Lower, Flatter, Easier Taxes Proposed in Wisconsin
Wisconsin business owners will get tax cuts and simplified paperwork if a bill sponsored by state Rep. Dale Kooyenga, R-Brookfield, passes.
The bill was expected to go to a vote in June. It would simplify the state’s tax code, allowing businesses to more easily fill out tax paperwork, and would reduce the number of income tax brackets from five to four.
“I want employers and taxpayers to focus on workforce development, investing in companies, and not trying to navigate a complicated tax code,” Kooyenga said.
Ending Business Credits
Most of the simplifications come from eliminating 18 business tax credits, which were “basically handouts to different companies,” according to John Nothdurft, director of government relations for The Heartland Institute. Some of the credits applied to only one or two companies, he said.
Also under the bill, income tax rates are lowered for all brackets, and the third and fourth (of an original five) brackets are combined. Families earning $28,650 to $315,460 would pay the same income tax rate, 6.27 percent—down from 6.5 (third bracket) and 6.75 percent (fourth bracket).
For families earning more than $315,460, the rate would drop from 7.75 percent to 7.65 percent.
“We still have work to do, but we’re headed in the right direction,” Kooyenga said.
‘Closer to Flat Tax’
Nothdurft called this “another step in the right direction. Fewer tax rates are always better. It’s easier for people to understand what bracket they’re in, and it’s a way of getting closer to a flat tax,” he said.
Flat taxes have been shown to encourage people to be more productive, earn more income, and boost the economy, he said. With a tiered approach to taxes, many people don’t want to move up a tax bracket, so it works as a disincentive for them to produce more, work harder, and earn raises.
Kooyenga said he plans to work on tax reform every two years, lowering taxes bit by bit. He called his plan “fiscally responsible,” noting the importance of moving slowly and striking a balance between lowering taxes and keeping the government running.
“This is a more modest approach to tax reform,” he said. “It’s pretty comprehensive, but we have a long way to go. [Wisconsin is] still a very high tax state, so every two years we’re going to get back at it and do more reforms and make it simpler and easier to understand,” he said.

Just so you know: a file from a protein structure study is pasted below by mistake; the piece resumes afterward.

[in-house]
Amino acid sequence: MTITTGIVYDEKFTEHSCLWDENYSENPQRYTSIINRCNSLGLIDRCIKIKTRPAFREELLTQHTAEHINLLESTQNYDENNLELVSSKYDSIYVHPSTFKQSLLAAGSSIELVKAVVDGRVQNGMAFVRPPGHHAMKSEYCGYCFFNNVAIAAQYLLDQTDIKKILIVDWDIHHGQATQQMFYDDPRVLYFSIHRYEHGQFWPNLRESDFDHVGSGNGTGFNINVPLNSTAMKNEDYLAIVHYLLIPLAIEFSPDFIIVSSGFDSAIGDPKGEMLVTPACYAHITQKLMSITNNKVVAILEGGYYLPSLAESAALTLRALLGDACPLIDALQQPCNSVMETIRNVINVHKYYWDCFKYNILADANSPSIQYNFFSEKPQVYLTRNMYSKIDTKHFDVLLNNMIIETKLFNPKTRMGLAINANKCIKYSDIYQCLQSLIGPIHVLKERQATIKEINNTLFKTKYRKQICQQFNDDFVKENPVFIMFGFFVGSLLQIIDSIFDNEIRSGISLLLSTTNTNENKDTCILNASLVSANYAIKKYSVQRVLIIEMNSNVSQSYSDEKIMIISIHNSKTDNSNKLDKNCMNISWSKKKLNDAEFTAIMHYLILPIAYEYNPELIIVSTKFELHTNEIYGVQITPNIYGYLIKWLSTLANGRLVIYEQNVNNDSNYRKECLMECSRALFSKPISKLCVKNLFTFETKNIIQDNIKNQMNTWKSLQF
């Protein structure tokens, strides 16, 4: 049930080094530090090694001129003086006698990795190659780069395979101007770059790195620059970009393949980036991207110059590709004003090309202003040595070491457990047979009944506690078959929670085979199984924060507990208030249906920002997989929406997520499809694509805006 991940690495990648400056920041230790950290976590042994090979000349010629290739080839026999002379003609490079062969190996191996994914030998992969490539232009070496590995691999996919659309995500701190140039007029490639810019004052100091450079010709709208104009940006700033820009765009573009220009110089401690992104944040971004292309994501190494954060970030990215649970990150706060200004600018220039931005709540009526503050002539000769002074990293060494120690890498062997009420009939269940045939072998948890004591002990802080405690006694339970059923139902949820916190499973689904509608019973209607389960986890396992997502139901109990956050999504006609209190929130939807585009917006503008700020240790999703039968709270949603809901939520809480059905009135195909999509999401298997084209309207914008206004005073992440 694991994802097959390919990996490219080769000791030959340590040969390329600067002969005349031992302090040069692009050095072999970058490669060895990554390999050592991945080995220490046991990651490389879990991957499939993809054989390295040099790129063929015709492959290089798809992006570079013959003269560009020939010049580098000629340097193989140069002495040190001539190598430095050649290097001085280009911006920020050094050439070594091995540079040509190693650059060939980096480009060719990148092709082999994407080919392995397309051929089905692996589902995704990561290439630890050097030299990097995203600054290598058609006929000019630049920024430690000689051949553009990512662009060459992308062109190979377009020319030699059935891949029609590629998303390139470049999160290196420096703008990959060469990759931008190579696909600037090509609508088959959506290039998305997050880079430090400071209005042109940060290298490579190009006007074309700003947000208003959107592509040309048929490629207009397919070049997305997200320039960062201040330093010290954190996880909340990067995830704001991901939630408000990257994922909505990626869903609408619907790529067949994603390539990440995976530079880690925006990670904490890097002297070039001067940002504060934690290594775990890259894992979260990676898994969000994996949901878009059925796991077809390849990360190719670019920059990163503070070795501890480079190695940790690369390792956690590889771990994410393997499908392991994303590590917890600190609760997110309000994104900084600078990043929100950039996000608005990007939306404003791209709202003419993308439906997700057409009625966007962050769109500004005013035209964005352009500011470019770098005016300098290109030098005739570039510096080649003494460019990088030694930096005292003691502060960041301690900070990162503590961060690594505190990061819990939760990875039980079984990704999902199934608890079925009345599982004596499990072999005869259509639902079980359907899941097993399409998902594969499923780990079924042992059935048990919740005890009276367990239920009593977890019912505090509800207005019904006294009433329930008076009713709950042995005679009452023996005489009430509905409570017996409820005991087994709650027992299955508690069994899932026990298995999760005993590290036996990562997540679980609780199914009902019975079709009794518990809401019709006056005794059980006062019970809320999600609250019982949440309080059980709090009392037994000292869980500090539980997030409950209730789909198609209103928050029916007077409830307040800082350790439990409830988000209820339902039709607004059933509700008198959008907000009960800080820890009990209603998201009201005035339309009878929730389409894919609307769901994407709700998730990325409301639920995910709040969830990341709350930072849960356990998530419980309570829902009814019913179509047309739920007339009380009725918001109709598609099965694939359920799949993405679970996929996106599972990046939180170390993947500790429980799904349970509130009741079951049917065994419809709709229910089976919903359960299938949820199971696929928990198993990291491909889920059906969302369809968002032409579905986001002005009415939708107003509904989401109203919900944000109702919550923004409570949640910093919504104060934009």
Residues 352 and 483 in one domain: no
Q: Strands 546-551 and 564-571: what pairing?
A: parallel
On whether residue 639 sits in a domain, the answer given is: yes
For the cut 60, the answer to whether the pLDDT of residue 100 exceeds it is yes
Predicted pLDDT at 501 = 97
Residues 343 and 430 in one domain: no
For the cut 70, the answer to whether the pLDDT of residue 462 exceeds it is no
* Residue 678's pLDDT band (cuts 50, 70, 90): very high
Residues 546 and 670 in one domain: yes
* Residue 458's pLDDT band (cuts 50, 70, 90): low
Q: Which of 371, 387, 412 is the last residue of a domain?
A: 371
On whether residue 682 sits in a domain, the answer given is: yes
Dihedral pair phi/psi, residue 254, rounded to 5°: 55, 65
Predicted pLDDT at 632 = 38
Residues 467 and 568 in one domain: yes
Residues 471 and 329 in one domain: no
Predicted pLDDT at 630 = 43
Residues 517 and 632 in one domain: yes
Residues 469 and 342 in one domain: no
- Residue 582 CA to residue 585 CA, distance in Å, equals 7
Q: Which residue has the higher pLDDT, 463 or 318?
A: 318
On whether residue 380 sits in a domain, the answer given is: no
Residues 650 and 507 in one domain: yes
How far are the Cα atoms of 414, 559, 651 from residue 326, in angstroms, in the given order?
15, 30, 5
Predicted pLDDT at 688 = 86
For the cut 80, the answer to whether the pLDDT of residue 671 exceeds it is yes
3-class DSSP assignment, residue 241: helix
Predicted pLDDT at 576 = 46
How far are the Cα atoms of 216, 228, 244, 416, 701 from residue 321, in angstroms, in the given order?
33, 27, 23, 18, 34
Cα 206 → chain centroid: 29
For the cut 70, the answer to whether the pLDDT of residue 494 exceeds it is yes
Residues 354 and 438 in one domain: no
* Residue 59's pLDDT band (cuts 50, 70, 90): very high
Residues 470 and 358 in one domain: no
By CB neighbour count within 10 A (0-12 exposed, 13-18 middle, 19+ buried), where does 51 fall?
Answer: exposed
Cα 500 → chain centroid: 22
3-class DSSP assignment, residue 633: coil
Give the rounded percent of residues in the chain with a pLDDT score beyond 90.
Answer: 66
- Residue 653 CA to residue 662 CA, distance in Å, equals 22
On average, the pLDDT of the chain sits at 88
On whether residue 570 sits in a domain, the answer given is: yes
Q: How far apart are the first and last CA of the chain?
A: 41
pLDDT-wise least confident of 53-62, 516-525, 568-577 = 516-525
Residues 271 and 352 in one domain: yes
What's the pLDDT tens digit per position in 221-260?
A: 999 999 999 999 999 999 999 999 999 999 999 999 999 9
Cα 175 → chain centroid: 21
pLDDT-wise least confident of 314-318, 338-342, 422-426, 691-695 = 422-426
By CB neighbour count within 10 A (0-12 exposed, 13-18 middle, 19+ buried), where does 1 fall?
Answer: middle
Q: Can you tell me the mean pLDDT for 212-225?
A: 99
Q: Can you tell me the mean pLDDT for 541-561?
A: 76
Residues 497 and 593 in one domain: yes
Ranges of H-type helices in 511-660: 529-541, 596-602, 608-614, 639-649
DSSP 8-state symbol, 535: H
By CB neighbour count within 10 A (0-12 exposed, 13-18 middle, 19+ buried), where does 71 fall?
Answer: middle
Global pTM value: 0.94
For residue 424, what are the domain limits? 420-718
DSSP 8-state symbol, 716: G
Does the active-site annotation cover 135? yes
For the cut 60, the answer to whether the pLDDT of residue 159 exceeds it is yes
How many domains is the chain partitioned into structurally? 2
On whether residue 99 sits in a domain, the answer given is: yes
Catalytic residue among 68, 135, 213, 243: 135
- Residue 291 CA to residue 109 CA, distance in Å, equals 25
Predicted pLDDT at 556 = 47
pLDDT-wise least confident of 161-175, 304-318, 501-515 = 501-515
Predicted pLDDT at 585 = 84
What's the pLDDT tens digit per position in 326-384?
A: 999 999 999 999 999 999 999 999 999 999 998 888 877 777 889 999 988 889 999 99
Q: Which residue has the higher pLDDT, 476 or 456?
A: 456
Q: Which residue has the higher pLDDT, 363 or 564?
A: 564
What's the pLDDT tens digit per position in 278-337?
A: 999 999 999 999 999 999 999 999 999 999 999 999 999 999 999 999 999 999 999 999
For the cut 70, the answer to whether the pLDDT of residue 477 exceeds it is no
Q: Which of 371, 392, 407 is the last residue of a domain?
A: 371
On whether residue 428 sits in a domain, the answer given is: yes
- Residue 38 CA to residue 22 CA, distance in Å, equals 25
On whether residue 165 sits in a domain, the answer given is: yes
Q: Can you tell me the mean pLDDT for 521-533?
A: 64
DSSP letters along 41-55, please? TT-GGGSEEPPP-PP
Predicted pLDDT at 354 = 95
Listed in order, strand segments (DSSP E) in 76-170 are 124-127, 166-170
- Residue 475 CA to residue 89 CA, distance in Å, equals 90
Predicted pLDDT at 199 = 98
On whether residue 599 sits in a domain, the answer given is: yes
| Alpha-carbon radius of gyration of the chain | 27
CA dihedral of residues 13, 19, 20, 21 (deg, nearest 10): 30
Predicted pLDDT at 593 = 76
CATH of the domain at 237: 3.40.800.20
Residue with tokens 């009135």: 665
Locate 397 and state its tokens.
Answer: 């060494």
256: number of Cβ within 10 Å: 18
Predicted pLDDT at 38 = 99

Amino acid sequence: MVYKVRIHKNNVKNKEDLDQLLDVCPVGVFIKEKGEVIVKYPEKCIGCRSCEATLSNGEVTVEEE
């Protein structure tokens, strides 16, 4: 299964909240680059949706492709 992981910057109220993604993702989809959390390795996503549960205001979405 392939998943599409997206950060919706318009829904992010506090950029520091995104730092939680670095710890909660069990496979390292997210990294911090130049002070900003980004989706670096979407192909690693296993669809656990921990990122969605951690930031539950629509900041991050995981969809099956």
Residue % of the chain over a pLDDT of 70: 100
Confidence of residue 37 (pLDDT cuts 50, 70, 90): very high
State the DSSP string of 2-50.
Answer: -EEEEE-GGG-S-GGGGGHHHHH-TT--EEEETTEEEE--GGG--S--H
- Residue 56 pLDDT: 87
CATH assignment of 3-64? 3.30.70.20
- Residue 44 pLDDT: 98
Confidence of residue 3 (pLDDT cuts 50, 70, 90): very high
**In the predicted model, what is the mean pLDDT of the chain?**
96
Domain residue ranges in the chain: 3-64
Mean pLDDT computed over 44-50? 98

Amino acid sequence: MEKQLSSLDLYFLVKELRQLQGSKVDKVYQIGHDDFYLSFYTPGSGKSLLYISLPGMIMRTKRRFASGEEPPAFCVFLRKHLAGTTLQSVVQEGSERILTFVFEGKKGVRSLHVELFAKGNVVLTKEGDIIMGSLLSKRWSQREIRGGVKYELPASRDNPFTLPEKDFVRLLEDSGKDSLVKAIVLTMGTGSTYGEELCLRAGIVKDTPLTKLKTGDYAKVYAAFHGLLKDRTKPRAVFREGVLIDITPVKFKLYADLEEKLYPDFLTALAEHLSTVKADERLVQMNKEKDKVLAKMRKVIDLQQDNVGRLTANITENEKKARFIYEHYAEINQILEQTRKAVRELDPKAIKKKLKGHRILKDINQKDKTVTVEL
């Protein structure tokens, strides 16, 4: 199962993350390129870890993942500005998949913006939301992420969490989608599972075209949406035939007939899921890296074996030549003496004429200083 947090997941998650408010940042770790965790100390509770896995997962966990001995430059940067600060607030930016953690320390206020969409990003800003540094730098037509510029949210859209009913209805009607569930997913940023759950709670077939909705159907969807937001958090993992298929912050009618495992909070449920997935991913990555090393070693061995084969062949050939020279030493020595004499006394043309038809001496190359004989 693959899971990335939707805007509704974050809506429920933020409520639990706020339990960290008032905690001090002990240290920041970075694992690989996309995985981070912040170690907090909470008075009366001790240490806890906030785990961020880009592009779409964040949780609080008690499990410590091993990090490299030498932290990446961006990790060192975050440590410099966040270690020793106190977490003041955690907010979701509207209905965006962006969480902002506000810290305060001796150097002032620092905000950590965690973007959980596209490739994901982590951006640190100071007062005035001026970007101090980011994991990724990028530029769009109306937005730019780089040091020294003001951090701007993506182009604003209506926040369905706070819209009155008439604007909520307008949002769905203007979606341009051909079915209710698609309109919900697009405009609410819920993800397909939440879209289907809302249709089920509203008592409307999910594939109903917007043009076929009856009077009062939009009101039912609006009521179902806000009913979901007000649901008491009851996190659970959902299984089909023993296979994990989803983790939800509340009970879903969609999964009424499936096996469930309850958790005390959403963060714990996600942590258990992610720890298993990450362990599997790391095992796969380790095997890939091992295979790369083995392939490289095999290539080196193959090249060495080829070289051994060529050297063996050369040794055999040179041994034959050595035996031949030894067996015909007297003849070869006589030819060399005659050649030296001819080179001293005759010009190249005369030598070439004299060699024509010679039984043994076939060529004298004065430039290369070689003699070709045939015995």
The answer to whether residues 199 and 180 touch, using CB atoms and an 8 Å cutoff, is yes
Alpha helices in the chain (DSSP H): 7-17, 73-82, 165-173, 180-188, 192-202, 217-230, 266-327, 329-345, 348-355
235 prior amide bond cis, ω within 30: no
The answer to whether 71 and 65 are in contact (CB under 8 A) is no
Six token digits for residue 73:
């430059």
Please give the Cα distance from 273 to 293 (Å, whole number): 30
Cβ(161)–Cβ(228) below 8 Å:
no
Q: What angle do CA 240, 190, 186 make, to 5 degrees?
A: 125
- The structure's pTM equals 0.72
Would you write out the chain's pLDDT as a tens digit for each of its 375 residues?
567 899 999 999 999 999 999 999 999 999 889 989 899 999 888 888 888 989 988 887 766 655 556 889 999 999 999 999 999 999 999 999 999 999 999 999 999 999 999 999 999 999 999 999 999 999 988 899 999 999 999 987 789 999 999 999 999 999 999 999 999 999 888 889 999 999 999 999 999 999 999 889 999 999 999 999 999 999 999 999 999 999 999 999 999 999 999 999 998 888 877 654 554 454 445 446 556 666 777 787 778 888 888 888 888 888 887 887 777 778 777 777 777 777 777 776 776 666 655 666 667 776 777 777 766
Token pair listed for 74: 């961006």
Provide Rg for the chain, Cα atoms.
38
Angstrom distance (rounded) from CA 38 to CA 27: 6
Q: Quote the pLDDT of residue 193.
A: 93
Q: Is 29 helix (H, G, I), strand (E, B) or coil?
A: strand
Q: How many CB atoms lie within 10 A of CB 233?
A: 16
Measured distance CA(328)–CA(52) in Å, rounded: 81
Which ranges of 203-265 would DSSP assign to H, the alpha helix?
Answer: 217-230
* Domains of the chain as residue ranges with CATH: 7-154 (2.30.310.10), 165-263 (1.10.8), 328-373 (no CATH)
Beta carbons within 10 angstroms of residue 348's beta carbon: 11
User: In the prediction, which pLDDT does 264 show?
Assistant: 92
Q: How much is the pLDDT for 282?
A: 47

Wisconsin is “not a state you’d choose to live in if taxes are a factor in your decision,” said John Pavelski, owner of Joseph Company, a small agriculture business in the state.
“Put those tax dollars back in the family’s income stream, and how many mothers wouldn’t have to go to work, or fathers?” he said. “You can’t have kids coming home to a latchkey system and expecting them to watch TV and that morality. … The media is promoting an ideology, a philosophy, and is that really what society wants?”
The bill would move Wisconsin from 43rd best state for business tax climate to 40th, according to the Tax Foundation.
“Kooyenga’s plan addresses some longstanding flaws in Wisconsin’s code,” said Tax Foundation Scott Drenkard in a statement. “The plan … fosters[s] an equal treatment of various types of businesses and shift[s] the long-run burdens toward a more pro-growth, consumption-based system.”
Nothdurft contrasted Wisconsin with neighboring Illinois.
“[The bill] shows that there are states that are moving forward on real tax reform, and it’s going to put Wisconsin in a much better position to attract business from states like Illinois, which is moving in a totally opposite direction,” he said. “It’s interesting to see the opposite approach from two different states that are similar to each other and right next door. It’ll be an interesting test case to watch.”